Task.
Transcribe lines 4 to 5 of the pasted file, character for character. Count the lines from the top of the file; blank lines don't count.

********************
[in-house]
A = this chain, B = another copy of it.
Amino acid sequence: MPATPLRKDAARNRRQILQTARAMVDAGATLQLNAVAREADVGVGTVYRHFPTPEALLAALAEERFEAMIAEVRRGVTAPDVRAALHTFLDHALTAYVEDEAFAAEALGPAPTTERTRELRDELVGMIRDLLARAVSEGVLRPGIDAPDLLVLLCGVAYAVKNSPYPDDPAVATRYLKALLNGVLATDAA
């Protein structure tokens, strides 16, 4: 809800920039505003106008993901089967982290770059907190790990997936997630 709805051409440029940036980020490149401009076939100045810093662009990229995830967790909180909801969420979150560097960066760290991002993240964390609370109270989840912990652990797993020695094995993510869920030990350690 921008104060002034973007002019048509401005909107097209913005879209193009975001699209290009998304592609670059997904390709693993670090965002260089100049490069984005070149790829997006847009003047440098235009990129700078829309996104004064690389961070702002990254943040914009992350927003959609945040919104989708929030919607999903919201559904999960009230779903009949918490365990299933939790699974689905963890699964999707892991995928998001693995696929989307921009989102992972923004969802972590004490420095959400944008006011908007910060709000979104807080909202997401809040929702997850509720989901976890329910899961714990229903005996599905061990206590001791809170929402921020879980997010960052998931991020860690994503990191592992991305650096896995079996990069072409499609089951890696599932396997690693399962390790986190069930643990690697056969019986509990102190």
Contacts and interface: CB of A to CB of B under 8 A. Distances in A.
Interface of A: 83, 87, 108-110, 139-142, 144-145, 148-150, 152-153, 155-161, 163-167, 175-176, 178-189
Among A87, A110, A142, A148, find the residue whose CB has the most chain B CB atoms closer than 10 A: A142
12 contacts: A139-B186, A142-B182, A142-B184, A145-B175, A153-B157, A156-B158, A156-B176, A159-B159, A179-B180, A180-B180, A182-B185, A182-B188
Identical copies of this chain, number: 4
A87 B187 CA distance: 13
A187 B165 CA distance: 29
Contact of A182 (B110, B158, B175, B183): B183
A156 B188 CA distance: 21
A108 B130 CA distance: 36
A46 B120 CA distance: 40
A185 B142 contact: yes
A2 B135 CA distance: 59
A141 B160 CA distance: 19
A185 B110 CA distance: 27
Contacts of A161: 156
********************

């Protein structure tokens, strides 16, 4: 809800920039505003106008993901089967982290770059907190790990997936997630 709805051409440029940036980020490149401009076939100045810093662009990229995830967790909180909801969420979150560097960066760290991002993240964390609370109270989840912990652990797993020695094995993510869920030990350690 921008104060002034973007002019048509401005909107097209913005879209193009975001699209290009998304592609670059997904390709693993670090965002260089100049490069984005070149790829997006847009003047440098235009990129700078829309996104004064690389961070702002990254943040914009992350927003959609945040919104989708929030919607999903919201559904999960009230779903009949918490365990299933939790699974689905963890699964999707892991995928998001693995696929989307921009989102992972923004969802972590004490420095959400944008006011908007910060709000979104807080909202997401809040929702997850509720989901976890329910899961714990229903005996599905061990206590001791809170929402921020879980997010960052998931991020860690994503990191592992991305650096896995079996990069072409499609089951890696599932396997690693399962390790986190069930643990690697056969019986509990102190």
Contacts and interface: CB of A to CB of B under 8 A. Distances in A.